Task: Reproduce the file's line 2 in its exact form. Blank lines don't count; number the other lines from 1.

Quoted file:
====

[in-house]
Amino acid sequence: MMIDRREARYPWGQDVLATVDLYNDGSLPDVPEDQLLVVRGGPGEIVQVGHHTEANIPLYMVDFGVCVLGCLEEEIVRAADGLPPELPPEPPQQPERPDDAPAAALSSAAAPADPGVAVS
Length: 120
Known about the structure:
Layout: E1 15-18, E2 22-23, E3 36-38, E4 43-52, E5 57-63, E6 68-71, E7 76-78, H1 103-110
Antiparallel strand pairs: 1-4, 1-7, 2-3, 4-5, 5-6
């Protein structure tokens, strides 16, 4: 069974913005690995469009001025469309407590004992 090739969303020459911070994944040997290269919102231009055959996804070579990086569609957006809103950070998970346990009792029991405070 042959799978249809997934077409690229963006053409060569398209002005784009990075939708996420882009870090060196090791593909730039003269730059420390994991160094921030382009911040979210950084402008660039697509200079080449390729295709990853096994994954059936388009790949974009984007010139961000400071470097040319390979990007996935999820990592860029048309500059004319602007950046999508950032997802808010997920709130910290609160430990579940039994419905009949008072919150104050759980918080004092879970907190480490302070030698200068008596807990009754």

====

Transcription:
Amino acid sequence: MMIDRREARYPWGQDVLATVDLYNDGSLPDVPEDQLLVVRGGPGEIVQVGHHTEANIPLYMVDFGVCVLGCLEEEIVRAADGLPPELPPEPPQQPERPDDAPAAALSSAAAPADPGVAVS